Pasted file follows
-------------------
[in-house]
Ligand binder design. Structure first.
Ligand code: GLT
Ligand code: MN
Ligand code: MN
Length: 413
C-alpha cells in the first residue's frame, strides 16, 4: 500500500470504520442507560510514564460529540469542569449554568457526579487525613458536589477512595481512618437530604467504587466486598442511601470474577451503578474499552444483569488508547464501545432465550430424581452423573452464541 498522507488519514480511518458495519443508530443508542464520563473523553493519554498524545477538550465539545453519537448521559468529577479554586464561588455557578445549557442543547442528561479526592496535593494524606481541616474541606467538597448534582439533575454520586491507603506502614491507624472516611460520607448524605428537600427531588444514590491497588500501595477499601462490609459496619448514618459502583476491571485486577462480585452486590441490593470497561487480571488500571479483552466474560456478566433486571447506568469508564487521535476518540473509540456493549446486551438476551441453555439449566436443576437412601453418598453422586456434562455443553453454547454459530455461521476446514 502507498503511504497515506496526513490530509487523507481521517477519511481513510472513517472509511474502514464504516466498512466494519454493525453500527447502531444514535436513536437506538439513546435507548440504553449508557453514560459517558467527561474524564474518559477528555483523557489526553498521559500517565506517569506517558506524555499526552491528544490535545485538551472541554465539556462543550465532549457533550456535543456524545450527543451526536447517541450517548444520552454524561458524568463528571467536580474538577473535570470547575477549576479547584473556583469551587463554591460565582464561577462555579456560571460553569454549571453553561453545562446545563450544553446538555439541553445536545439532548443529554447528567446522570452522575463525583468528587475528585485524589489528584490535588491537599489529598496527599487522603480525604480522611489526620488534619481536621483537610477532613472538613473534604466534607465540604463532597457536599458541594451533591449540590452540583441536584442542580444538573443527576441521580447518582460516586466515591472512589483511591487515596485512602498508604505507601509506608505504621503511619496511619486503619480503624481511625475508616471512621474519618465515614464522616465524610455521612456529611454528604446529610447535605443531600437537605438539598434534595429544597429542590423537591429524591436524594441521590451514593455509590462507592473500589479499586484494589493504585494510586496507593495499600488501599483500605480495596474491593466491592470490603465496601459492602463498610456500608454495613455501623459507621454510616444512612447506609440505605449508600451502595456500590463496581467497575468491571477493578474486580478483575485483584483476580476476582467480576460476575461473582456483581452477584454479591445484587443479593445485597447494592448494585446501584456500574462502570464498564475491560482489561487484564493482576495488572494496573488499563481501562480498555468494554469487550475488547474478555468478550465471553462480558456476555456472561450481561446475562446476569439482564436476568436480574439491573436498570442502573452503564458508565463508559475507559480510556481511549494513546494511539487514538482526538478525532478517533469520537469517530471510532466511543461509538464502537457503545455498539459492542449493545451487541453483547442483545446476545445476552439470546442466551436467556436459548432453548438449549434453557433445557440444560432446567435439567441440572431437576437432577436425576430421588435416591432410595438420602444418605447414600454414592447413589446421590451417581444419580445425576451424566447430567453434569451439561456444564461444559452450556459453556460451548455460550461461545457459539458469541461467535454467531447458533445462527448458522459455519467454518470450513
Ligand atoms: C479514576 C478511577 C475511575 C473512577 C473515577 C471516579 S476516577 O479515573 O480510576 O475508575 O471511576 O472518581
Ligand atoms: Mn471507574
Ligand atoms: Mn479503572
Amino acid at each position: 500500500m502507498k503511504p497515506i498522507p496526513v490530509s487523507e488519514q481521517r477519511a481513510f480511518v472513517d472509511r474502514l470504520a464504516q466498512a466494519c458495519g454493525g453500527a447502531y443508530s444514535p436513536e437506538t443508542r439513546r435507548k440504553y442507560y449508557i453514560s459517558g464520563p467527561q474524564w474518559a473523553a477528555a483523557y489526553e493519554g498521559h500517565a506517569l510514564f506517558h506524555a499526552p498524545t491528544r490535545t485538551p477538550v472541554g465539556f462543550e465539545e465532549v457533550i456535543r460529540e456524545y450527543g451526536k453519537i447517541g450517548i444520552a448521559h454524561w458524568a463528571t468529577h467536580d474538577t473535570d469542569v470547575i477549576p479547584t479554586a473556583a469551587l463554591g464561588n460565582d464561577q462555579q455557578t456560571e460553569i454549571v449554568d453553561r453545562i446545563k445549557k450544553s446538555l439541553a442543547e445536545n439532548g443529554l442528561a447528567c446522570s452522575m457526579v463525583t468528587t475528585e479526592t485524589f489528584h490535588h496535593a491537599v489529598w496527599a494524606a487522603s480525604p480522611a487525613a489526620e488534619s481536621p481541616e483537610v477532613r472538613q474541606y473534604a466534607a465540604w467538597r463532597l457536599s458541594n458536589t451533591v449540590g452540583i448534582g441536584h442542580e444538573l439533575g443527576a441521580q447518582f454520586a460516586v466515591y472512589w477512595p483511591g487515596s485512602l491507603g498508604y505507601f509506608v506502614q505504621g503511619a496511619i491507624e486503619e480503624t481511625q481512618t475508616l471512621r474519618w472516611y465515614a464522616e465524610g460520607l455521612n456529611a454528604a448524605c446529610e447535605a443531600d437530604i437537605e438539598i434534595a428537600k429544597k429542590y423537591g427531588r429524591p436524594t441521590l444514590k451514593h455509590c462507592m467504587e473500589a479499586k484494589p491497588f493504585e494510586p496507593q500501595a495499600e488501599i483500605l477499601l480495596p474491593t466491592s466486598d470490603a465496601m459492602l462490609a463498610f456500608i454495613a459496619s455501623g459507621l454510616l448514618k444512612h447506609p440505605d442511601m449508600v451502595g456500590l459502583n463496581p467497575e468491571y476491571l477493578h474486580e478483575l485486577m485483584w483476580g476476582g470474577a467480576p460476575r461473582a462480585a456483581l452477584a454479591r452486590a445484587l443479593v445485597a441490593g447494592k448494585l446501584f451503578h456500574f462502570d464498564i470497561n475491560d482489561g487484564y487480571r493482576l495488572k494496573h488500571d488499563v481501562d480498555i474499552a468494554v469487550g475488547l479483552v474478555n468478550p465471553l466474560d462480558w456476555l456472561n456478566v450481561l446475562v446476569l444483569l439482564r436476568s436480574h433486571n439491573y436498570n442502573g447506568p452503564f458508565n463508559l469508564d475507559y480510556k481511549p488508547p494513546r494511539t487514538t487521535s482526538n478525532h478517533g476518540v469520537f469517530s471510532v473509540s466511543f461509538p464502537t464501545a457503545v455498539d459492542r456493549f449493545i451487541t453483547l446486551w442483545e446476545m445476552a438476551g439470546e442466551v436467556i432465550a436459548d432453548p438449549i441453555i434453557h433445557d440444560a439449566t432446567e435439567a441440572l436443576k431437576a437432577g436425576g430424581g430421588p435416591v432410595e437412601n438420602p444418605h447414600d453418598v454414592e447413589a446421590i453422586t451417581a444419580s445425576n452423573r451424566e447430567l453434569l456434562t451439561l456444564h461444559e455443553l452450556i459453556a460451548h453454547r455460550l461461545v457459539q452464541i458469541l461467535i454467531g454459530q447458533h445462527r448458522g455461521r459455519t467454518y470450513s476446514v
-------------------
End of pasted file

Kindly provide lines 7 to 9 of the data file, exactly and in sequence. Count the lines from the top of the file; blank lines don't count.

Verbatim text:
C-alpha cells in the first residue's frame, strides 16, 4: 500500500470504520442507560510514564460529540469542569449554568457526579487525613458536589477512595481512618437530604467504587466486598442511601470474577451503578474499552444483569488508547464501545432465550430424581452423573452464541 498522507488519514480511518458495519443508530443508542464520563473523553493519554498524545477538550465539545453519537448521559468529577479554586464561588455557578445549557442543547442528561479526592496535593494524606481541616474541606467538597448534582439533575454520586491507603506502614491507624472516611460520607448524605428537600427531588444514590491497588500501595477499601462490609459496619448514618459502583476491571485486577462480585452486590441490593470497561487480571488500571479483552466474560456478566433486571447506568469508564487521535476518540473509540456493549446486551438476551441453555439449566436443576437412601453418598453422586456434562455443553453454547454459530455461521476446514 502507498503511504497515506496526513490530509487523507481521517477519511481513510472513517472509511474502514464504516466498512466494519454493525453500527447502531444514535436513536437506538439513546435507548440504553449508557453514560459517558467527561474524564474518559477528555483523557489526553498521559500517565506517569506517558506524555499526552491528544490535545485538551472541554465539556462543550465532549457533550456535543456524545450527543451526536447517541450517548444520552454524561458524568463528571467536580474538577473535570470547575477549576479547584473556583469551587463554591460565582464561577462555579456560571460553569454549571453553561453545562446545563450544553446538555439541553445536545439532548443529554447528567446522570452522575463525583468528587475528585485524589489528584490535588491537599489529598496527599487522603480525604480522611489526620488534619481536621483537610477532613472538613473534604466534607465540604463532597457536599458541594451533591449540590452540583441536584442542580444538573443527576441521580447518582460516586466515591472512589483511591487515596485512602498508604505507601509506608505504621503511619496511619486503619480503624481511625475508616471512621474519618465515614464522616465524610455521612456529611454528604446529610447535605443531600437537605438539598434534595429544597429542590423537591429524591436524594441521590451514593455509590462507592473500589479499586484494589493504585494510586496507593495499600488501599483500605480495596474491593466491592470490603465496601459492602463498610456500608454495613455501623459507621454510616444512612447506609440505605449508600451502595456500590463496581467497575468491571477493578474486580478483575485483584483476580476476582467480576460476575461473582456483581452477584454479591445484587443479593445485597447494592448494585446501584456500574462502570464498564475491560482489561487484564493482576495488572494496573488499563481501562480498555468494554469487550475488547474478555468478550465471553462480558456476555456472561450481561446475562446476569439482564436476568436480574439491573436498570442502573452503564458508565463508559475507559480510556481511549494513546494511539487514538482526538478525532478517533469520537469517530471510532466511543461509538464502537457503545455498539459492542449493545451487541453483547442483545446476545445476552439470546442466551436467556436459548432453548438449549434453557433445557440444560432446567435439567441440572431437576437432577436425576430421588435416591432410595438420602444418605447414600454414592447413589446421590451417581444419580445425576451424566447430567453434569451439561456444564461444559452450556459453556460451548455460550461461545457459539458469541461467535454467531447458533445462527448458522459455519467454518470450513
Ligand atoms: C479514576 C478511577 C475511575 C473512577 C473515577 C471516579 S476516577 O479515573 O480510576 O475508575 O471511576 O472518581
Ligand atoms: Mn471507574